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About this book

Communication is the basis of so much of what happens in the workplace and indeed in our private lives. Without effective communication our lives are so much the poorer and with so many more problems. This book, now in an updated third edition, is therefore an important and valuable resource for anyone where success in their work depends on the quality of their interactions, whether face to face, in writing or electronically.

Divided into two parts, the book focuses first on theoretical insights to provide a firm basis of understanding and then on practice issues. Written in Neil Thompson’s characteristically clear and accessible style, this important book provides an essential foundation for making sure that we are communicating with one another as effectively as possible.

Table of Contents

Introduction

Abstract
My interest in language and languages began at an early age. Being brought up in Wales and having Welsh lessons as a compulsory part of the school curriculum gave me an excellent start in developing an appreciation for the subtleties of language differences and the rich lessons of language and culture to be learned. It also gave me an understanding of differences in status ascribed to languages; of the importance of language in shaping identity; and the prevalence of prejudices and stereotypes around language use and language users. This early experience led to a later concentration on languages as a major feature of my secondary education and a place on a degree programme in French and linguistics.
Neil Thompson

Conclusion

Abstract
In the space available I cannot possibly draw out all the implications of the 11 chapters that make up the book or explicitly identify all the conclusions that could be drawn from the points I have made, the arguments I have presented and the views that I have represented (my own and those of the authors from whose work I have drawn). What I shall present here, then, by way of conclusion, is a summary of some of the key points and ‘messages’ I have tried to convey, together with some thoughts about future directions of study and learning in tackling this enormous (and enormously important) field of study and practice. I shall divide my comments into five sections, namely: the importance of communication; communication and the individual; communication and society; communication and equality; and integrating theory and practice.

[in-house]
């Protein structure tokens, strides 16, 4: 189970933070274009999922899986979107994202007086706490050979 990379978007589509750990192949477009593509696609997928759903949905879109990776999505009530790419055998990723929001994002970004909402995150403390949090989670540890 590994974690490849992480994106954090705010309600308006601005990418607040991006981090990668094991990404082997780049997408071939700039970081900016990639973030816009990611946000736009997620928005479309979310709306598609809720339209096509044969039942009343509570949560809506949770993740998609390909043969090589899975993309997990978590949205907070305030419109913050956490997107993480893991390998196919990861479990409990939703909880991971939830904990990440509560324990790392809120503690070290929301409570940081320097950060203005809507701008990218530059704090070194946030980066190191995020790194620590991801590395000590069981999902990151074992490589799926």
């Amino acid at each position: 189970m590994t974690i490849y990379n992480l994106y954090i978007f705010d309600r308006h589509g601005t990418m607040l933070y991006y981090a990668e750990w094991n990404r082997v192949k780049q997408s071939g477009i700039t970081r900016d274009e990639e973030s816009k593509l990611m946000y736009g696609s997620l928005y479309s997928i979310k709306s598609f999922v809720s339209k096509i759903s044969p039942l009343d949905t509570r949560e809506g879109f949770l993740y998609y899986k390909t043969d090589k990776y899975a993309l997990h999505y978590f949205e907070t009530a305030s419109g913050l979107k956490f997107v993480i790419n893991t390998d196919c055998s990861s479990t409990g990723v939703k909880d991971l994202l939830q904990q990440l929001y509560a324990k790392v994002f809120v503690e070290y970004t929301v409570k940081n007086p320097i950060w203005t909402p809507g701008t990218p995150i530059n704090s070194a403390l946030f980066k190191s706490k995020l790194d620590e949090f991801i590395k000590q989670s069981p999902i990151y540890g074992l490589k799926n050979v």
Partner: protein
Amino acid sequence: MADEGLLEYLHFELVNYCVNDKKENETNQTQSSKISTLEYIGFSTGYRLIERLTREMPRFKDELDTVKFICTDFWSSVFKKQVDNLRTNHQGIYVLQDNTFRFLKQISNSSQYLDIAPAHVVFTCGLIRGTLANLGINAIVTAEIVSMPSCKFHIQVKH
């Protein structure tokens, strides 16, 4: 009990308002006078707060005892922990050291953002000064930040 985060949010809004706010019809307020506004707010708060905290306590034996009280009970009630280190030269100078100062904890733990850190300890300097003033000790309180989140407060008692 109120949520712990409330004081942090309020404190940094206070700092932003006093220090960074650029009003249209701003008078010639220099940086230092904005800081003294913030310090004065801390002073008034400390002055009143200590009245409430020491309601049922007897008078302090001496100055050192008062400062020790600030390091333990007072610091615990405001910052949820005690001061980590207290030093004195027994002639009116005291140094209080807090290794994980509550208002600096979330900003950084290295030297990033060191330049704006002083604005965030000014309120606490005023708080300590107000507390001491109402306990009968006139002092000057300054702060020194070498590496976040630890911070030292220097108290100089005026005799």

Neil Thompson

Theory

Frontmatter

1. Understanding Communication

Abstract
In this first chapter my aim is to explore and explain some of the complexities of communication. I begin by examining what is meant by the term communication and look at how it operates at a variety of levels. I then move on to look at different models of communication, different ways in which a range of theorists have tried to explain the complexities of communicative patterns, processes and interactions. Following on from this, the role of culture is our topic of analysis. This leads into a discussion of the significance of identity and its role in shaping the way communication takes place. Before ending the chapter, I also concentrate on some of the subtleties that occur as a result of intercultural communication - that is, the various dynamics that can occur as a result of communication taking place between people who have different cultural backgrounds, and therefore make different assumptions about the content of communication, the nature of that communication and, in some cases, its purpose.
Neil Thompson

2. Understanding Language

Abstract
Indeed, language can be seen as the basis of interpersonal and social interaction at a variety of levels. Its importance in understanding people and their problems therefore cannot be overemphasized. It is no exaggeration to say that language is in many ways the basis of thought, feeling, action and interaction. It is through language that we form relationships, experience family life, bring up our children, do our work, enjoy our leisure, make war, make peace, and do various other aspects of our lives. It is also a primary factor in terms of the make-up of society in relation to both cultural and structural factors.
Neil Thompson

3. The Written Word

Abstract